[p. 434] [from McGeorge Bundy, Danger and Survival: Choices About the Bomb in the First Fifty Years (New York: Random House, 1988]

It appears RFK may have also misinformed Secretary of State Rusk:

Robert F. Kennedy, Memorandum for Dean Rusk on Meeting with Anatoly F. Dobrynin on 27 October 1962 TOP SECRET Office of the Attorney General Washington, D.C. October 30, 1962 MEMORANDUM FOR THE SECRETARY OF STATE FROM THE ATTORNEY GENERAL At the request of Secretary Rusk, I telephoned Ambassador Dobrynin at approximately 7:15 p.m. on Saturday, October 27th. I asked him if he would come to the Justice Department at a quarter of eight. We met in my office. I told him first that we understood that the work was continuing on the Soviet missile bases in Cuba. Further, I explained to him that in the last two hours we had found that our planes flying over Cuba had been fired upon and that one of our U-2's had been shot down and the pilot killed. I said these men were flying unarmed planes. I told him that this was an extremely serious turn in events. We would have to make certain decisions within the next 12 or possibly 24 hours. There was a very little time left. If the Cubans were shooting at our planes, then we were going to shoot back. This could not help but bring on further incidents and that he had better understand the full implications of this matter. He raised the point that the argument the Cubans were making was that we were violating Cuban air space. I replied that if we had not been violating Cuban air space then we would still be believing what he and Khrushchev had said--that there were no long-range missiles in Cuba. In any case I said that this matter was far more serious than the air space over Cuba and involved peoples all over the world. I said that he had better understand the situation and he had better communicate that understanding to Mr. Khrushchev. Mr. Khrushchev and he had misled us. The Soviet Union had secretly established missile bases in Cuba while at the same time proclaiming, privately and publicly, that this would never be done. I said those missile bases had to go and they had to go right away. We had to have a commitment by at least tomorrow that those bases would be removed. This was not an ultimatum, I said, but just a statement of fact. He should understand that if they did not remove those bases then we would remove them. His country might take retaliatory actions but he should understand that before this was over, while there might be dead Americans there would also be dead Russians. He then asked me what offer we were making. I said a letter had just been transmitted to the Soviet Embassy which stated in substance that the missile bases should be dismantled and all offensive weapons should be removed from Cuba. In return, if Cuba and Castro and the Communists ended their subversive activities in other Central and Latin-American countries, we would agree to keep peace in the Caribbean and not permit an invasion from American soil. He then asked me about Khrushchev's other proposal dealing with the removal of the missiles from Turkey. I replied that there could be no quid pro quo -- no deal of this kind could be made. This was a matter that had to be considered by NATO and that it was up to NATO to make the decision. I said it was completely impossible for NATO to take such a step under the present threatening position of the Soviet Union. If some time elapsed -- and per your instructions, I mentioned four or five months -- I said I was sure that these matters could be resolved satisfactorily. [crossed out by hand--ed.] Per your instructions I repeated that there could be no deal of any kind and that any steps toward easing tensions in other parts of the world largely depended on the Soviet Union and Mr. Khrushchev taking action in Cuba and taking it immediately. I repeated to him that this matter could not wait and that he had better contact Mr. Khrushchev and have a commitment from him by the next day to withdraw the missile bases under United Nations supervision for otherwise, I said, there would be drastic consequences. RFK: amn.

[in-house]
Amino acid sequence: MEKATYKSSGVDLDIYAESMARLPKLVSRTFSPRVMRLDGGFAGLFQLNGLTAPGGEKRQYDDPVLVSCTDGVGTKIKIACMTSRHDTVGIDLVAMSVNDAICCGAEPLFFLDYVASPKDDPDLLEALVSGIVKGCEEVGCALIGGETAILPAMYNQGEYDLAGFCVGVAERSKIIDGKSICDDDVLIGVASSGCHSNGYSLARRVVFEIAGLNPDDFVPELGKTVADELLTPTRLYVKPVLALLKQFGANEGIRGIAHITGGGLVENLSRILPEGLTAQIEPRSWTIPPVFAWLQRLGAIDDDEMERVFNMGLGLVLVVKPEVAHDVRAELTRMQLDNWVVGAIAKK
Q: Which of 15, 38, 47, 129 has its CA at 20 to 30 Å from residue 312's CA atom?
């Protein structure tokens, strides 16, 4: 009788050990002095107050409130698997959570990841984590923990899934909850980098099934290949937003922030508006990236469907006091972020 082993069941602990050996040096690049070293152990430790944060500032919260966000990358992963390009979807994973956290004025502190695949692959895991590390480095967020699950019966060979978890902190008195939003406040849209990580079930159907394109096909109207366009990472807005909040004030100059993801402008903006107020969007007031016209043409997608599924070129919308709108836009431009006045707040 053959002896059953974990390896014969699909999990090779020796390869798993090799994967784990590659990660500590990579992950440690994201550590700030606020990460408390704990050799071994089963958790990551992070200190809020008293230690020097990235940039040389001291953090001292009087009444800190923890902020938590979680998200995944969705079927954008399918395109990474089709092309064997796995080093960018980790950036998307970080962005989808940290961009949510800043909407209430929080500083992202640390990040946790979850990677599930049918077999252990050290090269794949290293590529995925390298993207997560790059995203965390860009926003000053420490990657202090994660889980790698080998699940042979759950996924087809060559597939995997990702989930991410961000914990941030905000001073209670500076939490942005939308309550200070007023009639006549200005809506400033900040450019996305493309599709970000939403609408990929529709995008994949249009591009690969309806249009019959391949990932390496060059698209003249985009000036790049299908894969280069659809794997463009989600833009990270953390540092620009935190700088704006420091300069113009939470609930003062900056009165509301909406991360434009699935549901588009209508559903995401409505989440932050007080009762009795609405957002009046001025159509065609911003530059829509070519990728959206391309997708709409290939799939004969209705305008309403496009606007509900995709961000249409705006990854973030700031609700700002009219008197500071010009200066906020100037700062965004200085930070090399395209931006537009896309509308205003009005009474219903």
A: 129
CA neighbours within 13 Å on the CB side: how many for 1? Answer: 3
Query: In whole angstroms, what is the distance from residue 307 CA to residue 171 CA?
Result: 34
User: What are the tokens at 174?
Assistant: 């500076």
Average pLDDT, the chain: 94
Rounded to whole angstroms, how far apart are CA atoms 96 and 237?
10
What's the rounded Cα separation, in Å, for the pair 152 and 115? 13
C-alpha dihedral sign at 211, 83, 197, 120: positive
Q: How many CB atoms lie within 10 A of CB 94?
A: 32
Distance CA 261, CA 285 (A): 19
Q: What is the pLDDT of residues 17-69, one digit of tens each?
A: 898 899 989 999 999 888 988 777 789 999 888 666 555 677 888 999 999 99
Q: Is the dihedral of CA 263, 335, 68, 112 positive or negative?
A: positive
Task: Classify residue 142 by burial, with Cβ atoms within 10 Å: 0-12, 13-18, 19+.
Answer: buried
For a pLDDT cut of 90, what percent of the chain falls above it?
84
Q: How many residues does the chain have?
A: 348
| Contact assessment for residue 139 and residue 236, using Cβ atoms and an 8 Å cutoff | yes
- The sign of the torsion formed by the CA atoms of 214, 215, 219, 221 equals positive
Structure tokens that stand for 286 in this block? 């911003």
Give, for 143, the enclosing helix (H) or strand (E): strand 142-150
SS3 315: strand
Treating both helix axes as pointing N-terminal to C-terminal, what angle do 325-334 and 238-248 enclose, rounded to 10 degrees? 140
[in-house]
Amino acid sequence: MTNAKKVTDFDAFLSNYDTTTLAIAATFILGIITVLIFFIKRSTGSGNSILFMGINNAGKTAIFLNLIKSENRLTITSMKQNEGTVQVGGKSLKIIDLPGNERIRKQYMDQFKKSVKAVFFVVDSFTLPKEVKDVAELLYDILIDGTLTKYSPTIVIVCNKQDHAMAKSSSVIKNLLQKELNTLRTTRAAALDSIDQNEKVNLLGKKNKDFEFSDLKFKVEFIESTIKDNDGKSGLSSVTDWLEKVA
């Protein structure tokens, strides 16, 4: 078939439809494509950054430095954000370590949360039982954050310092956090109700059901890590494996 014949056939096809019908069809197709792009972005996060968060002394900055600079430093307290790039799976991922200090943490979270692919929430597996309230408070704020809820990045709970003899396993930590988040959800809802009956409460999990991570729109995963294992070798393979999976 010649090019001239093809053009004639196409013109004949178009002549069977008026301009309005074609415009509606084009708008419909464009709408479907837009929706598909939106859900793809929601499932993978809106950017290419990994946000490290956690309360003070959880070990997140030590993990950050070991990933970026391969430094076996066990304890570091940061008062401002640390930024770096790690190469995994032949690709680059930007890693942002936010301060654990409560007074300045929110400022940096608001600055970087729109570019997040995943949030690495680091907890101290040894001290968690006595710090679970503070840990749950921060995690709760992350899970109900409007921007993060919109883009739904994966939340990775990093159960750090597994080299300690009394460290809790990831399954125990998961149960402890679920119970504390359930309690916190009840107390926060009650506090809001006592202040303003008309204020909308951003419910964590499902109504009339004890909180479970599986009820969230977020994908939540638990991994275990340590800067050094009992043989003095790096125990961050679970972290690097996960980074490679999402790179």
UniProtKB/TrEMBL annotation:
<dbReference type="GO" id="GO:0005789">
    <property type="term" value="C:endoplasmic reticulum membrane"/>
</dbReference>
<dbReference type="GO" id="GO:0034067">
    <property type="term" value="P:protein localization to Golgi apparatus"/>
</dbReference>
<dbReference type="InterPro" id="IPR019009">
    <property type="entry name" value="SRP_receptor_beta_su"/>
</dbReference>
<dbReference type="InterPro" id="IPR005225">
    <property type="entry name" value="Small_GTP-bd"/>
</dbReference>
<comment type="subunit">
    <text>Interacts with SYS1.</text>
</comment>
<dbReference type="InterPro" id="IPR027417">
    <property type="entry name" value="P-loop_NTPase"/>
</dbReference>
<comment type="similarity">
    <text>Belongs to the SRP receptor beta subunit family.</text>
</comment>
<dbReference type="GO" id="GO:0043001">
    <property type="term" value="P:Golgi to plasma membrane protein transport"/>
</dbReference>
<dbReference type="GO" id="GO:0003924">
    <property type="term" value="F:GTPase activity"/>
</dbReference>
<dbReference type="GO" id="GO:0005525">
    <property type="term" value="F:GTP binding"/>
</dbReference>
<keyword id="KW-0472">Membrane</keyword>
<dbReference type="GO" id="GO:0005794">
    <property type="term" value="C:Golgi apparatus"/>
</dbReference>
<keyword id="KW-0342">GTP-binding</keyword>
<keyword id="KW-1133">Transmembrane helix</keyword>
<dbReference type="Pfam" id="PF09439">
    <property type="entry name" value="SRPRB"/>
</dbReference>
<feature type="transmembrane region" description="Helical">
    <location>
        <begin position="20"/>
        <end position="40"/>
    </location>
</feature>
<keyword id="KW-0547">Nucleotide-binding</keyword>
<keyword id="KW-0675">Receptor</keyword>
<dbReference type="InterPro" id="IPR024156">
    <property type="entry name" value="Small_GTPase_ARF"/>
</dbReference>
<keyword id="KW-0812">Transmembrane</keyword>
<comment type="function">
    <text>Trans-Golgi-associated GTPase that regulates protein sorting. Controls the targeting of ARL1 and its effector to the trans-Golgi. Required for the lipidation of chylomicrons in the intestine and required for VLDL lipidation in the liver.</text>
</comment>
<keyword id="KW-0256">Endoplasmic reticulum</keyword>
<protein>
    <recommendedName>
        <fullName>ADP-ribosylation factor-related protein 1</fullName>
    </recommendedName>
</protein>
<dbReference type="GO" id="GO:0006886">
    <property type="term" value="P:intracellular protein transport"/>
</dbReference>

[Source: John F. Kennedy Library, Boston, MA; provided to CWIHP by Prof. Peter Roman, Duquesne University, Pittsburgh, PA.]